Bud Norris joins the Orioles and the AL East pennant race.
Philadelphia, PA (Sports Network) -
When Bud Norris is the biggest name being thrown around, you know it's going to be a long deadline day.
As the clock struck 4 p.m. on the East Coast, Major League Baseball's Non- Waiver Trade Deadline passed, and although we heard a bunch of names, really to nobody's surprise, there was not a whole lot of action.
It's kind of ridiculous even calling it a deadline at this point, especially this of all years. As I mentioned the other day half the league is within single-digit games of a playoff spot and we still don't know how the Biogenesis suspensions are going to shake out.
With playoff teams likely to lose key personnel in the coming days, we should expect as wild a waiver period as we've ever seen.
Now, with that said there were still a few moves. The aforementioned Norris went to the Baltimore Orioles for outfielder L.J. Hoes. Norris is a nice enough pitcher ... for the Astros. Let's see how he does in the thick of a pennant race in the American League East.
Baltimore, though, may have felt it needed to do something to counter the Boston acquisition of Jake Peavy late Tuesday night/early Wednesday morning.
The Red Sox, nor anyone else, were going to give the Philadelphia Phillies three top prospects and pick up the remaining $70 million or so on Cliff Lee's deal.
Peavy was the best pitcher on the market and the Red Sox got him.
Sure it may have cost them the slick-fielding Jose Iglesias, but super prospect Xander Bogaerts is just about major league ready. Plus if anyone thinks Iglesias is going to hit .330 for the long haul you need to have your head examined.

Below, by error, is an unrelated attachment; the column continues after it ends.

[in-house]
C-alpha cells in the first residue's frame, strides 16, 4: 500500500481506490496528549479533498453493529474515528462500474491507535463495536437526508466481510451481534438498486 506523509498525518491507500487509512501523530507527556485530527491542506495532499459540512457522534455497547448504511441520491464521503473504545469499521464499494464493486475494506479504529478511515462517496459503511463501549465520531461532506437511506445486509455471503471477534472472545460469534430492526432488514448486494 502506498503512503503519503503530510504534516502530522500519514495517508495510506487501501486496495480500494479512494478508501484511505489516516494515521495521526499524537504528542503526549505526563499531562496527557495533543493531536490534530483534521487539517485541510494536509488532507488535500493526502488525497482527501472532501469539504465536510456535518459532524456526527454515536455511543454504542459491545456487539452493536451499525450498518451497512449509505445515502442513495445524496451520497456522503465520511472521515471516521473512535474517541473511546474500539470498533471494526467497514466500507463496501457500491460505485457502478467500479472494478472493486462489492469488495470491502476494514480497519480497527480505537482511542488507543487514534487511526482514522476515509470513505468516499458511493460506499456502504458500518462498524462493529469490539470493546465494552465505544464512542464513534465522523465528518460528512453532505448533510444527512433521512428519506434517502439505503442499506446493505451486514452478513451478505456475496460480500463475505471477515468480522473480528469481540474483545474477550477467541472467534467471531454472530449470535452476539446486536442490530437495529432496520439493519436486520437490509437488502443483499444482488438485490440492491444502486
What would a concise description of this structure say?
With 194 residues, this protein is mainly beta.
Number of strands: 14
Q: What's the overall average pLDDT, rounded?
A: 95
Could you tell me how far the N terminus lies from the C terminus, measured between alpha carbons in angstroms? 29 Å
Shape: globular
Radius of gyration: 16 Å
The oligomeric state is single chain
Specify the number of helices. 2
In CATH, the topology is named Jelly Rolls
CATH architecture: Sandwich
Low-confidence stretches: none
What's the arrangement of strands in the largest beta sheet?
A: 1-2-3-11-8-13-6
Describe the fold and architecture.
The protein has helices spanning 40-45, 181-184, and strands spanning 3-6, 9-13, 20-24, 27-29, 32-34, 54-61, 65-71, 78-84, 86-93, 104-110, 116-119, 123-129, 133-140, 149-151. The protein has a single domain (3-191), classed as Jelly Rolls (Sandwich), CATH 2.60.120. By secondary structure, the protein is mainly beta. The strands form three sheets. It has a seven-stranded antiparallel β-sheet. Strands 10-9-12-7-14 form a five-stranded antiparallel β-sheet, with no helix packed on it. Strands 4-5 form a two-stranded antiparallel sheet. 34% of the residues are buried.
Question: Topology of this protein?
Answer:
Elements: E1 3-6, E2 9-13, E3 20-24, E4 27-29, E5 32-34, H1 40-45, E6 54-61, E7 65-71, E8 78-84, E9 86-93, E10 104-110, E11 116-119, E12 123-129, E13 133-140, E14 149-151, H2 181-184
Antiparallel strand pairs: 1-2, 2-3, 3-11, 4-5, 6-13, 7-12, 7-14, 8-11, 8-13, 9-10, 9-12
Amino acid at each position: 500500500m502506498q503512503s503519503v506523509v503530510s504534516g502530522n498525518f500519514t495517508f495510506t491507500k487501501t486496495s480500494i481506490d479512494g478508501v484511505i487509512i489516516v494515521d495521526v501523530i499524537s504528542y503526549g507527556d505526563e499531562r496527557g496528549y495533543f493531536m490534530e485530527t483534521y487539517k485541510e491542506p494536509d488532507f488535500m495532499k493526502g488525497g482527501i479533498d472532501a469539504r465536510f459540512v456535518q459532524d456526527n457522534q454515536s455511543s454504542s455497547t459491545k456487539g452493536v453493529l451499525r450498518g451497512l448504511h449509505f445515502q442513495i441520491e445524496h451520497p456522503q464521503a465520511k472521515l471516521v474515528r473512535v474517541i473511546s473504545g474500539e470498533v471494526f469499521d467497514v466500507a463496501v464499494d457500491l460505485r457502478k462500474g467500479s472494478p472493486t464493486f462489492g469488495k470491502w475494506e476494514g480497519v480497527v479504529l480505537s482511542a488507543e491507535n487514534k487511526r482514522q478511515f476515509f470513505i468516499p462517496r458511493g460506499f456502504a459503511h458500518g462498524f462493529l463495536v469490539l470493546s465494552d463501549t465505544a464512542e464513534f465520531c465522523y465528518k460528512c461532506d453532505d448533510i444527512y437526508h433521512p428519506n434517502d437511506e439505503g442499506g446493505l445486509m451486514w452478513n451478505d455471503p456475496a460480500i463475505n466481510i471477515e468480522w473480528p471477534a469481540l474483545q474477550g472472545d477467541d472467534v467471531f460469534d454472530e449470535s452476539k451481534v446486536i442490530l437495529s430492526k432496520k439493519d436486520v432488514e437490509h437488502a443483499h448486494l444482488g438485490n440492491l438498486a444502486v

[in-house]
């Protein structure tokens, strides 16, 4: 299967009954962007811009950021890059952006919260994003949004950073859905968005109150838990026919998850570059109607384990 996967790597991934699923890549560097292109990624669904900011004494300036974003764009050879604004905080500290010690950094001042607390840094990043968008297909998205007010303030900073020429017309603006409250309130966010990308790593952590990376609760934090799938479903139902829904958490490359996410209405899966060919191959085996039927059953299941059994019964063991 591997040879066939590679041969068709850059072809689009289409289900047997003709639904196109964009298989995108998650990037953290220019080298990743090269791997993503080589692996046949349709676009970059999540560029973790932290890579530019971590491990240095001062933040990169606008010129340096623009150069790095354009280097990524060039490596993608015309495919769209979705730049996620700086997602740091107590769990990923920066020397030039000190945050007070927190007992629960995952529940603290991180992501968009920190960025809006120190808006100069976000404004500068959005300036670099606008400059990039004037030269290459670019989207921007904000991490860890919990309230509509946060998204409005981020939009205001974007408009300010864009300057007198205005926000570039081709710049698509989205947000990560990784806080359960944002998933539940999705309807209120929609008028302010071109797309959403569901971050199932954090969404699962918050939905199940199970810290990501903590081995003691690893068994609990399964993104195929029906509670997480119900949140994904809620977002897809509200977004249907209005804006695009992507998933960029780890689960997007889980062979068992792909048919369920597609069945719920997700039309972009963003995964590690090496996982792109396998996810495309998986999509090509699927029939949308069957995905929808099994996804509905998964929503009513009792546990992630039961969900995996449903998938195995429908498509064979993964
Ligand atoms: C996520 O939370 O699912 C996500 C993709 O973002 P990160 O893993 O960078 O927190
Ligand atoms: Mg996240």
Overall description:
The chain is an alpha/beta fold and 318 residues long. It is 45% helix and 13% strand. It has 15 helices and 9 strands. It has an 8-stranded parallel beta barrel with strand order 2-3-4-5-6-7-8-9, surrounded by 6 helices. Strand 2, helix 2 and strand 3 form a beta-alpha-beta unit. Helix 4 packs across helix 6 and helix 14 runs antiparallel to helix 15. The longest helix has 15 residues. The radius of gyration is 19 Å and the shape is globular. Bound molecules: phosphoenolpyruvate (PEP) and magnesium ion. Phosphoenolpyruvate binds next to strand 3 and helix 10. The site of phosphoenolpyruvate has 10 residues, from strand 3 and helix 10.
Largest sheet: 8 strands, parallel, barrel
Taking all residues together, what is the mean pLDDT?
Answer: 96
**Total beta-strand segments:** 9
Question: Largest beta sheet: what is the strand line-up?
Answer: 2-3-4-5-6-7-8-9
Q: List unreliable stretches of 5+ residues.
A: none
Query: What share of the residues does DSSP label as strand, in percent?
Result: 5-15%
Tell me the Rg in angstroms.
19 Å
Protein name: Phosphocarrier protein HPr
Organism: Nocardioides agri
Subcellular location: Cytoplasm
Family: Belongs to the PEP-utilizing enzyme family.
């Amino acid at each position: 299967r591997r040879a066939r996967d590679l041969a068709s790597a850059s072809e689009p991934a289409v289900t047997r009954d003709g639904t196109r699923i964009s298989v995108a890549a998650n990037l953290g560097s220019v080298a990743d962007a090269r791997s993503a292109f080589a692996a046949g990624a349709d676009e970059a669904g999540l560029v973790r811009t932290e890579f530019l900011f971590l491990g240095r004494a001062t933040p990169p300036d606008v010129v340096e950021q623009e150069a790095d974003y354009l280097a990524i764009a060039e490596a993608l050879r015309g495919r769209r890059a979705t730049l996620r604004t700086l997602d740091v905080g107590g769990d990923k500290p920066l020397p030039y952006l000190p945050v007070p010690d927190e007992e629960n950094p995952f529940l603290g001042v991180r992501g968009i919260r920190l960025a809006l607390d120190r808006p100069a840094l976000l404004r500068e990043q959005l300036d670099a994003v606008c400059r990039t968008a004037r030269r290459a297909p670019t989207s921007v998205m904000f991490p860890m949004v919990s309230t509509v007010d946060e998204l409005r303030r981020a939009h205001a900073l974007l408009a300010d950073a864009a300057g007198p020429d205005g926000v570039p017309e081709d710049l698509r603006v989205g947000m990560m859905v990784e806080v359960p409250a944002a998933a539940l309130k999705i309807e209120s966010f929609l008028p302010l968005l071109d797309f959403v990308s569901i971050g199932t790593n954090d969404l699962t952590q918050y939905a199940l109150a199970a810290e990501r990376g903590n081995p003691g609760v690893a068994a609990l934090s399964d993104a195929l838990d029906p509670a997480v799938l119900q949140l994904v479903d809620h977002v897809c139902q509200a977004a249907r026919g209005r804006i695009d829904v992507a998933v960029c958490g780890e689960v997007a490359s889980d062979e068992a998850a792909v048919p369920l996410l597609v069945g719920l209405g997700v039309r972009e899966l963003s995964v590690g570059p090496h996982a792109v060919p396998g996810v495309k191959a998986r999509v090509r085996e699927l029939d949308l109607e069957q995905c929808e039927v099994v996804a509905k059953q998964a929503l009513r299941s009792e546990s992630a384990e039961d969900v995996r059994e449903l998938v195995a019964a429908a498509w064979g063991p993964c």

And, if Clay Buchholz ever returns that's as solid a top-3 of the rotation as there is with him, Jon Lester and Peavy.
The Tigers getting Iglesias is also a nice solid pickup, especially since it looks as if Jhonny Peralta is about to take a ride on the PED suspension train. Despite what he's doing now, Iglesias isn't in this league because of his bat, but there's a good chance he wins multiple Gold Gloves at shortstop.
Regardless, if Peralta is suspended or not, he's a free agent after this season anyway and the Tigers now have his replacement.
If you are looking for the big winner on deadline day, look no further than the San Diego Padres. Yes the nearly cellar-dwelling Padres, who acquired one-time 21-game winner Ian Kennedy from the Arizona Diamondbacks for left- handed reliever Joe Thatcher.
In the year and half since he finished fourth in NL Cy Young Award voting, though, Kennedy has struggled and this year he's pitching to a 5.23 ERA. But, the Padres are banking that a change of scenery will get him back to where he was in 2011. Not to mention he's under team control through 2015.
The biggest losers of the day? The Texas Rangers. This was a team that needed to add a bat. Bad. Even if Nelson Cruz appeals any potential suspension they still needed to add some offense.
To their credit, though, the Rangers tried, there just wasn't anything out there that appealed to them. They did attempt to pry Jose Bautista from Toronto, but not surprisingly the Blue Jays wouldn't budge.
Still, watch the Rangers in the next few weeks. They will add a bat. How desperate were they? Apparently they were dangling newly-acquired righty Matt Garza in deals to add some offense.
We mentioned waiver wire deals earlier. Here's how they work. Any player can be put on waivers by his team, and the player does not need to be informed.
Other teams have the chance to make a claim on the player during a 47 hour window.
If the player is claimed, the team that placed him on waivers has the option of pulling him back. If the team pulls him back, though, they can't trade him for 30 days.
If his team decides not to pull him back there are a few options:
Option 1: His team can work out a trade with the team that claimed him. Any player involved in the trade who is on a 40 man roster must go through waivers first.
Option 2: His team can just dump him and his salary on the team that claimed him, getting no player in return.
Option 3: No one claims him, and his team is free to trade him to any team.
If more than one team places a claim on a player, the winning claim is awarded based on worst record or the league the claiming team is in.
In all, it was a ho-hum deadline. Some teams helped themselves. Some didn't. Calling it a deadline is ridiculous, though. The real fun is really just about to begin.
And no I'm not talking about the pending Biogenesis suspensions.